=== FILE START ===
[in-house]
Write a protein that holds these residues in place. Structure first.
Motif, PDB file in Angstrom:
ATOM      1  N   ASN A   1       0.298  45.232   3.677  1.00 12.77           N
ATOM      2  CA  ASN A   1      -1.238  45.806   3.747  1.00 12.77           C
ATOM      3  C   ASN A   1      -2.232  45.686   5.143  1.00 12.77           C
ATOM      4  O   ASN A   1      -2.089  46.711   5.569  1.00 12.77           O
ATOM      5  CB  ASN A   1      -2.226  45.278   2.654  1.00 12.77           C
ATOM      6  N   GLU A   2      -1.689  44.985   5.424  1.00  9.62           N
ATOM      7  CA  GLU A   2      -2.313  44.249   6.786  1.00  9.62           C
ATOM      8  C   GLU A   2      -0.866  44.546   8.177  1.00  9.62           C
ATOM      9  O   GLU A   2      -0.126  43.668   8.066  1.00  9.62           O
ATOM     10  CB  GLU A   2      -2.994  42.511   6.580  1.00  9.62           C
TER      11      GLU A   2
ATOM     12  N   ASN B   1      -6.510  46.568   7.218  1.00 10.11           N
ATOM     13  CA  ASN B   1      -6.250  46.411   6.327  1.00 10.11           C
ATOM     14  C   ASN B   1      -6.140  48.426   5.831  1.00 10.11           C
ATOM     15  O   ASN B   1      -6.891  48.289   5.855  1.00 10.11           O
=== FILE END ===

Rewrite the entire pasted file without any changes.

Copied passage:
[in-house]
Write a protein that holds these residues in place. Structure first.
Motif, PDB file in Angstrom:
ATOM      1  N   ASN A   1       0.298  45.232   3.677  1.00 12.77           N
ATOM      2  CA  ASN A   1      -1.238  45.806   3.747  1.00 12.77           C
ATOM      3  C   ASN A   1      -2.232  45.686   5.143  1.00 12.77           C
ATOM      4  O   ASN A   1      -2.089  46.711   5.569  1.00 12.77           O
ATOM      5  CB  ASN A   1      -2.226  45.278   2.654  1.00 12.77           C
ATOM      6  N   GLU A   2      -1.689  44.985   5.424  1.00  9.62           N
ATOM      7  CA  GLU A   2      -2.313  44.249   6.786  1.00  9.62           C
ATOM      8  C   GLU A   2      -0.866  44.546   8.177  1.00  9.62           C
ATOM      9  O   GLU A   2      -0.126  43.668   8.066  1.00  9.62           O
ATOM     10  CB  GLU A   2      -2.994  42.511   6.580  1.00  9.62           C
TER      11      GLU A   2
ATOM     12  N   ASN B   1      -6.510  46.568   7.218  1.00 10.11           N
ATOM     13  CA  ASN B   1      -6.250  46.411   6.327  1.00 10.11           C
ATOM     14  C   ASN B   1      -6.140  48.426   5.831  1.00 10.11           C
ATOM     15  O   ASN B   1      -6.891  48.289   5.855  1.00 10.11           O